Britain at Low Tide: S2, E2 Dorset
A bit of extra info, with links, in case you want to delve a bit deeper into the stories featured in Episode Two of Britain at Low Tide, Series Two.
This particular episode was fun, but also very moving to film. It’s a funny feeling, because from the safe distance of 2018, it is all to easy to get caught up in the excitiment of a Girls Own adventure — I got to ride in a tank! And go out on a boat! And explore beneath the waves with a remotely operated submersible!
And then it hits you: the reality of war. People died. And their loved ones didn’t know why, or when, or where. FOR OVER FIFTY YEARS.
Thankfully, people like John Pearson exist. He’s not just a tank enthusiast, though I am glad he is that too (thanks for the tank ride, John!): he was he was responsible for placing the plaque at Fort Henry commemorating the six men who died in Exercise Smash. For the first time, family members like Joan Brunt, the widow of Arthur Parks, had a memorial for their loved ones where they could mourn their passing.
So lets just take a moment to remember those who died on the 4th April 1944:
- Sergeant V. Hartley
- Corporal Arthur J. Park
- Corporal V. N. Townson
- Trooper A. Kirkby
- Trooper E. G. Petty
- Lieutenant C. R. Gould
Just six names amongst the tens of millions of people who died worldwide in the second world war. But worth remembering nonetheless.
Next week we are across the border on the River Clyde, where we lark around in the mud investigating how a river as ridiculously shallow as the Clyde ended up becoming the shipyard for some of the world’s largest ships… and get scorched uncovering the secrets of a mysterious crannog — 8pm, 3rd March, Channel 4.
And don’t forget, if you want to get involved in coastal archaeology CITiZAN have loads of opportunities: https://citizan.org.uk/get-involved
Valentine Duplex Drive tanks weren’t actually used in D-Day. Instead, by the time the 6th June 1944 came around, enough of the bigger and better (it didn’t have to have it’s gun turret spun around in the wrong direction while afloat..) Sherman Tanks had been modified to duplex drive, with the characteristic canvas skirts. Valentines continued to be used for training, and also saw active service in Italy 1945.
- Here is some more info about the archaeological work being done by Dave Parham, Nick Reed & co to record and study the tanks sunk in Studland Bay:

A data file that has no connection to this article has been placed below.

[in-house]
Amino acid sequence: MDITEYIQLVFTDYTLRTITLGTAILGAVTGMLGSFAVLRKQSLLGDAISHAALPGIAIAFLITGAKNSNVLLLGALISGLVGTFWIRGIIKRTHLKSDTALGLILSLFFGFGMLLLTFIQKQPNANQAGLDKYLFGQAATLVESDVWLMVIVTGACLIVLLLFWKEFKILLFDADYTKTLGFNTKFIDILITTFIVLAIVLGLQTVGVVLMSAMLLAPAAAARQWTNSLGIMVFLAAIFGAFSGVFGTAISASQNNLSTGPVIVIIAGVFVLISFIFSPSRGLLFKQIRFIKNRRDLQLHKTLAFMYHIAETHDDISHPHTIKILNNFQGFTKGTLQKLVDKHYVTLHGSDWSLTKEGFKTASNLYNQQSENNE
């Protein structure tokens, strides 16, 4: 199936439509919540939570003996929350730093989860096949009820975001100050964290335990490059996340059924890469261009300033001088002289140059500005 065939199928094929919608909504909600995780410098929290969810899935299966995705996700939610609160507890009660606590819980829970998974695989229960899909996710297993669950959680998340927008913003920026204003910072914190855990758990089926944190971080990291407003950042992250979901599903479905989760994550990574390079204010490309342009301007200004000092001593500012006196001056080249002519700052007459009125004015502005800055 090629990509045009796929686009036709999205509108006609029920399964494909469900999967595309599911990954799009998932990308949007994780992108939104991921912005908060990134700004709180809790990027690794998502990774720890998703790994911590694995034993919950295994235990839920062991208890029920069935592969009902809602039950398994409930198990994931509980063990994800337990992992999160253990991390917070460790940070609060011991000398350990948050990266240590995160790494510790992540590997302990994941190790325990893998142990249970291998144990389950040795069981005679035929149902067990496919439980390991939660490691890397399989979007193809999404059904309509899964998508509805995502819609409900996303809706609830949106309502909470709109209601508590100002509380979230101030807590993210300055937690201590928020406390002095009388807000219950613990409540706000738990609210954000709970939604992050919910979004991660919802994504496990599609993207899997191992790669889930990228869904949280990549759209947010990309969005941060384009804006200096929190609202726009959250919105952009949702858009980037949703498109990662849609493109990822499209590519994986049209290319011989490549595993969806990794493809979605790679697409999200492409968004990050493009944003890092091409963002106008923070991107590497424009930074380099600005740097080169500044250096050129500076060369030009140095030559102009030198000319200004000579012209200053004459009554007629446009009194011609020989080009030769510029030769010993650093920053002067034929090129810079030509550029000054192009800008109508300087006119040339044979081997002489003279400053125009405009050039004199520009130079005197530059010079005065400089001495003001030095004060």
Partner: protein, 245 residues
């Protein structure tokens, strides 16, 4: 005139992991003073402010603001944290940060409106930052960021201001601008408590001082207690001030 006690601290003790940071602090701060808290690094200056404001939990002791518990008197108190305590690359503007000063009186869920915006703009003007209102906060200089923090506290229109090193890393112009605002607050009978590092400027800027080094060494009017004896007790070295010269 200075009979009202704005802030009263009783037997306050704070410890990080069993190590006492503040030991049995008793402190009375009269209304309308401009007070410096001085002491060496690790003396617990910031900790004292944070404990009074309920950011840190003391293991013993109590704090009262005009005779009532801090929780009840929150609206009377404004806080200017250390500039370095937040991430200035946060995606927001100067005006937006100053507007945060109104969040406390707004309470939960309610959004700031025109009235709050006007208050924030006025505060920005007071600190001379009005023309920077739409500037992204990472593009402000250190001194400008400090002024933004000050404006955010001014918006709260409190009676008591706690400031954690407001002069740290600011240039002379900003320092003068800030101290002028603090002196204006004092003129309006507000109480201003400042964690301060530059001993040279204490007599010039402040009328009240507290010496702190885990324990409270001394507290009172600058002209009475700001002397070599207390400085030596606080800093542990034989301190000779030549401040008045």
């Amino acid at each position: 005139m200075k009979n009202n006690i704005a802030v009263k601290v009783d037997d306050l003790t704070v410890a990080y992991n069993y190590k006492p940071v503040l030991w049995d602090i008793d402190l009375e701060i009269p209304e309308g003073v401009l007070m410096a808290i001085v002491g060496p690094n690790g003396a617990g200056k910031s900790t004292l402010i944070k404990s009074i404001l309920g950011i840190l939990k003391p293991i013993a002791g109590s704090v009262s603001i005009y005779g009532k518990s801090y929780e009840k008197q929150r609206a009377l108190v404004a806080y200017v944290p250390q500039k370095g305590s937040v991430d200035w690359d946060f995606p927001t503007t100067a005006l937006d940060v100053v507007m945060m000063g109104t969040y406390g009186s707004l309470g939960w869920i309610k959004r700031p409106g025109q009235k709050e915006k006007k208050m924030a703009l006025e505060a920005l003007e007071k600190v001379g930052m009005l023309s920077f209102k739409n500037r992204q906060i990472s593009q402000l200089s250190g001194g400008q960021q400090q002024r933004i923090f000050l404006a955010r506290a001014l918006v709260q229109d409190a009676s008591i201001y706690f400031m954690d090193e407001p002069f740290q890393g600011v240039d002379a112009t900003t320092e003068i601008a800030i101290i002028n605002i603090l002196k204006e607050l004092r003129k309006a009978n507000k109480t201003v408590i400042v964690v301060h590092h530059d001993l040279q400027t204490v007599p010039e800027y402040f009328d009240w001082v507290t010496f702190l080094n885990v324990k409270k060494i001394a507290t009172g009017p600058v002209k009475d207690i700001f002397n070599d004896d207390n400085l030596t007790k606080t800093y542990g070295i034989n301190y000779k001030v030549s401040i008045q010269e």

- The team is commencing a new survey of the tanks on the 4th April 2018, which will start with the laying of a wreath in memory of the men who died (thanks to Nick Reed for letting me know)
- And here is CITiZAN’s introduction to Studland Bay and it’s arcaheological treasures: https://www.citizan.org.uk/resources/key-zones/south-west/studland-bay-dorset/
IRON AGE POOLE
- Mike Markey’s latest work on the Iron Age Jetty at Cleavel Point hasn’t been published yet, but this is a nice summary of the excavations and preliminary findings: http://www.wessexportal.co.uk/wp-content/uploads/2014/07/Poole-Harbour-Iron-Age-Port.pdf [pdf]
- And I heartily recommend reading Eileen Wilke’s PhD thesis to get a sense of just how much maritime trade was going on along the Dorset coast in the Iron Age: Volume One (the text) and Volume Two (the figures & tables)
- And shortly after we filmed with Grace Jones, she successfully defended her PhD Thesis! Hurrah! Here it is, with everything you ever hoped to know about Iron Age pottery production in Poole Harbour: http://eprints.bournemouth.ac.uk/29885/
- You can also delve deeper into Poole Harbours Iron Age archaeology with this write up of Time Team’s excavations on Green Island: http://www.wessexarch.co.uk/files/52568_Green%20Island.pdf
BROWNSEA ISLAND CLAY WORKS
- The failure of Colonel Waugh’s clay works was all down to the geology, and there is no better place to read more about the geology and history (and how these intersect) of Brownsea than Ian West’s excellent field guides. Seriously,they are AMAZING: http://www.southampton.ac.uk/~imw/Brownsea-Island-Geology.htm
- And here is CITiZAN’s introduction to Brownsea and the work they are doing there: https://www.citizan.org.uk/resources/key-zones/south-west/brownsea-island-dorset/
SEA PLANE LIGHTER
- The wonderful Dave Morris is a Curator of Aircraft at the Fleet Air Arm Museum, where they have a T3 Sea Plane Lighter in their Reserve Collection which is in far better nick than the one CITiZAN were recording…
- the reserve collection is only open to the public on special tour days, but THERE IS JUST SUCH A TOUR HAPPENING ON THE **8TH OF MARCH**! See here for more info: http://www.fleetairarm.com/event/87.aspx
- but if you can’t get a place on the 8th March tour, you can see a picture of it here: http://www.fleetairarm.com/aircraft-reserve-collection.aspx